Nigeria seeking Russian help against Boko Haram is pregnant with interesting meanings in a season when the United States is feeling sick over the expansion of Chinese influence in Africa. And not only is Nigeria asking for assistance on Boko Haram, it also wants Russia to help with maritime security on the Gulf of Guinea. In other words, Nigeria wants the Russian Navy to become its security consultant on issues along its 800km maritime boundary. The request was tabled by the country’s defence minister, Mansur Dan-Ali, at a global security meeting hosted by Moscow recently.
It is still green – the part exposed to the public at least – and we don’t want to speculate about what the specifics will boil down to but definitely, this is packed full of interesting sparks of geopolitics. Moves being made inside the fog of war are a powerful opportunity for major changes and sudden realignment with lasting impacts.
Let us examine national security and public perception of that subject in Nigeria first as a tool for anticipating our diplomacy with Russia on the issue. The ravages of Boko Haram have shaken us all for about a decade now and thousands of people have been killed. Thousands have disappeared and hundreds are in captivity and sexual slavery. Hundreds of our troops have been killed. That is the easier part, and I say that with all sense of responsibility and respect for the country. The harder parts are the havoc that is prowling silently on the Abuja-Kaduna highway, the incendiary situation deeper inland at Zamfara, the sudden flares in Sokoto, the death that strikes suddenly in Anambra, Delta, Benue states; this gradual spread of pure evil that suddenly turns day into night, catching everyone off guard to inflict the most vicious and most terrible blows on men, women and children alike. It is a war of nerves openly professing affiliation with ISIS, the group that killed 390 people in Sri Lanka on Easter Sunday as people worshipped in a feisty church service or took it easy in luxury hotels in Colombo, the nation’s capital. As we speak, troops are being deployed in a part of Ekiti State as “herdsmen” have been reported to have attacked a hamlet there and accomplished deaths and destruction. Kidnapping by terror groups has been reported in Osun and Ondo states as well. This is not something Nigerians want to live with a day longer and if it means Russians offering advice, I believe the word from Nigerians is definitely, “So be it!”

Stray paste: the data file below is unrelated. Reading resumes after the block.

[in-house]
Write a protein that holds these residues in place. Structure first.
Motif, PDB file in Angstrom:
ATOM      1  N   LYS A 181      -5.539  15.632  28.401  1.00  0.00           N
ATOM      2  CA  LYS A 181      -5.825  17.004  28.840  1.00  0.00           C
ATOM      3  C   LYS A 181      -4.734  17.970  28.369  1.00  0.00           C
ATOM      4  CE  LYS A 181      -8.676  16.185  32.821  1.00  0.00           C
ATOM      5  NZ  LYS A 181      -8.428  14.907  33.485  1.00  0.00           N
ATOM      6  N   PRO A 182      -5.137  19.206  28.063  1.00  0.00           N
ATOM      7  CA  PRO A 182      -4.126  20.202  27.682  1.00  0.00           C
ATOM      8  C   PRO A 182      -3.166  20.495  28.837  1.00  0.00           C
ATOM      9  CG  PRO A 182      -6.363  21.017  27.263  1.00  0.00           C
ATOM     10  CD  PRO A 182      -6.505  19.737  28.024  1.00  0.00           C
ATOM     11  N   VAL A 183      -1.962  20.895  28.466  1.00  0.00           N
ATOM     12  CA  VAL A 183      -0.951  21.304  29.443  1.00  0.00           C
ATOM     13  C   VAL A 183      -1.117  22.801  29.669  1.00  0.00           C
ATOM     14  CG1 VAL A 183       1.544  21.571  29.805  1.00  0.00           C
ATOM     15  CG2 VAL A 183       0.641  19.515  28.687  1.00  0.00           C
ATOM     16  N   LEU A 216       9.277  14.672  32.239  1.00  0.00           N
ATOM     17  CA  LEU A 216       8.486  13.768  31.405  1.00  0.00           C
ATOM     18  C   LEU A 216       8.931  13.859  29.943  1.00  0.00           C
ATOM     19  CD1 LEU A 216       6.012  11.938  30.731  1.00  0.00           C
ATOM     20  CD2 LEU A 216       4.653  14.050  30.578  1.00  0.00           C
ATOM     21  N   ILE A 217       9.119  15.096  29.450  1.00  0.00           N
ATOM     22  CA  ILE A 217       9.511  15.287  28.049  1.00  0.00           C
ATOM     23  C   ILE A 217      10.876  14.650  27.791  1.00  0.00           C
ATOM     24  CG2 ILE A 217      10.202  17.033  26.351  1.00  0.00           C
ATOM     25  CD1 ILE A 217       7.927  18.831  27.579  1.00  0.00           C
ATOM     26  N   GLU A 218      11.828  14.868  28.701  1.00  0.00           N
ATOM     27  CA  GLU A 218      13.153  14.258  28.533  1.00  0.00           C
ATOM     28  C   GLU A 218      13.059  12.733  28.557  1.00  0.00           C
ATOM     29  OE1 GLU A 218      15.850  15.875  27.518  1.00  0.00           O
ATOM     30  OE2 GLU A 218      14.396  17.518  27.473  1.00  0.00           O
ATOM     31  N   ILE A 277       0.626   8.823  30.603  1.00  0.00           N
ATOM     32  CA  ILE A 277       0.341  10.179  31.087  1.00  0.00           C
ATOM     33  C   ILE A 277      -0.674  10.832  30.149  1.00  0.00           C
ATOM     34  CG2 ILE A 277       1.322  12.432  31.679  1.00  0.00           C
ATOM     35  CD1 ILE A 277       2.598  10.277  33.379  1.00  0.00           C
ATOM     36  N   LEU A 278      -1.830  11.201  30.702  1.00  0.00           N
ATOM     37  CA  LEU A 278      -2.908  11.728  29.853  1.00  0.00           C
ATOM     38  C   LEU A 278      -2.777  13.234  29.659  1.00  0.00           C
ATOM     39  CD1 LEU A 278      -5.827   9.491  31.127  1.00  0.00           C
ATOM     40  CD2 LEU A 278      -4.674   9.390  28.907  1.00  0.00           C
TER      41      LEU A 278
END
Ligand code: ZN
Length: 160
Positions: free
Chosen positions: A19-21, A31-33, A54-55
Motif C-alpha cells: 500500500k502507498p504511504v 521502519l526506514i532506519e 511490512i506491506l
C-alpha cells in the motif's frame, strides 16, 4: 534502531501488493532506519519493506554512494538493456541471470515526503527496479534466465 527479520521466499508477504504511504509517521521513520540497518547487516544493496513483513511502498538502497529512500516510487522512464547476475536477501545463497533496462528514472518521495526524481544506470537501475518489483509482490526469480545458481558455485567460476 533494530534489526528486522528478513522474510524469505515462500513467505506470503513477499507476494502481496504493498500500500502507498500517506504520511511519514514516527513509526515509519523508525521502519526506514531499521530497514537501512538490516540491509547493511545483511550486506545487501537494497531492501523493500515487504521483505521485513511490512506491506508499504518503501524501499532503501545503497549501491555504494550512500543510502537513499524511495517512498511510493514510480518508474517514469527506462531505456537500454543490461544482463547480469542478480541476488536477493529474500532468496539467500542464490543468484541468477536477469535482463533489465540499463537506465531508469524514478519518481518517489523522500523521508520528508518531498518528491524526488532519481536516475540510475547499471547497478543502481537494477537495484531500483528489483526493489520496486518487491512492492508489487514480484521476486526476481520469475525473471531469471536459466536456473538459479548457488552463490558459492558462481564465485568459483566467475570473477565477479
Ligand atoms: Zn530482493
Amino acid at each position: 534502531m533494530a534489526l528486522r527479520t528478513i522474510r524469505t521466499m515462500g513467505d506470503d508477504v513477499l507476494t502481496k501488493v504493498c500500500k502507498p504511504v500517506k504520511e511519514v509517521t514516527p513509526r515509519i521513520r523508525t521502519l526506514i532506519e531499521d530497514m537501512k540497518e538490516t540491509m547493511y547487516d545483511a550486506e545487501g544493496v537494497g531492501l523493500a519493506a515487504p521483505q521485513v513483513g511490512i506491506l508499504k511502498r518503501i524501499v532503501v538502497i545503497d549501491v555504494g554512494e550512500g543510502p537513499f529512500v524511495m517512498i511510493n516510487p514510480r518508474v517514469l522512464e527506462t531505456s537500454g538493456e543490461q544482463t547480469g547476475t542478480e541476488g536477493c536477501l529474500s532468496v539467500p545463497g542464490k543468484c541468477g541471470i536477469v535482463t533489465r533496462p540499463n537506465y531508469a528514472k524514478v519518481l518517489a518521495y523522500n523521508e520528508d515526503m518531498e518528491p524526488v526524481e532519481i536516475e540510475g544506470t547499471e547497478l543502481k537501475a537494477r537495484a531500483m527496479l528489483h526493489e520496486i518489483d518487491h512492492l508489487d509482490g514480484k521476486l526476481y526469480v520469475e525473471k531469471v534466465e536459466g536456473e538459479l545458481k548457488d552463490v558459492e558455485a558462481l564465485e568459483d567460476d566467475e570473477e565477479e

Or even a little more than offer of advice will be okayed by Nigerians. Russian arms, intelligence doctrines, full-fledged military strategies and tactics such as deployed in its full ruthlessness against ISIS in Syria are all welcome, I might say. Nothing worth living for can be made to happen in a place where bombs explode and gunfire rakes from time to time and so, we have to put peace and the eradication of terrorism first on our to-do list. America is not going to like it much but we have to do what we must for now. We have to be alive before we are friends of the West or anyone for that matter.
But what will Russia demand in return?
Oil? No. Russia can supply us with oil if we need some. It has excess of gas and coal as well.
Russia needs friends, influence and bases -covert and overt – where it can open the window on the US, the European Union and China and monitor the moves of those countries. Russia also has a need to make America feel bad in a general way and clogs in that country’s wheel of efforts at creating a global hegemony. Allowing Nigeria to be a part of all that would have been dangerous up to 1991, and perhaps until 2016 when America still had a solid façade of respect for and desires of friendship with Africa. Getting into the fray at this time may just serve us well because we are somewhat in the age of much more self-interest and nationalism.
Personally, I will even prefer the Nigerian government gets decisive in negotiating with Russia and takes steps that show Britain, France and the US that we value the lives of Nigerians above being in bed with their collective ideologies and covert positions on Nigeria! Nigeria should learn something from Tayyip Erdogan, Turkish president, and the adept moves he has been making recently, artfully playing the East off against the West and getting what he wants. I will like our diplomacy to be more emphatic and more committed in this case and I have a feeling that the West will only recede and we will have mostly China and Russia left in the game. That is not a bad thing. This is life and opportunities will always show up and we can always identify and seize them if we are prepared. Nigeria should welcome Vladmir Putin but put in place a good agreement and timelines in sorting out its security challenges despite any frown of the West.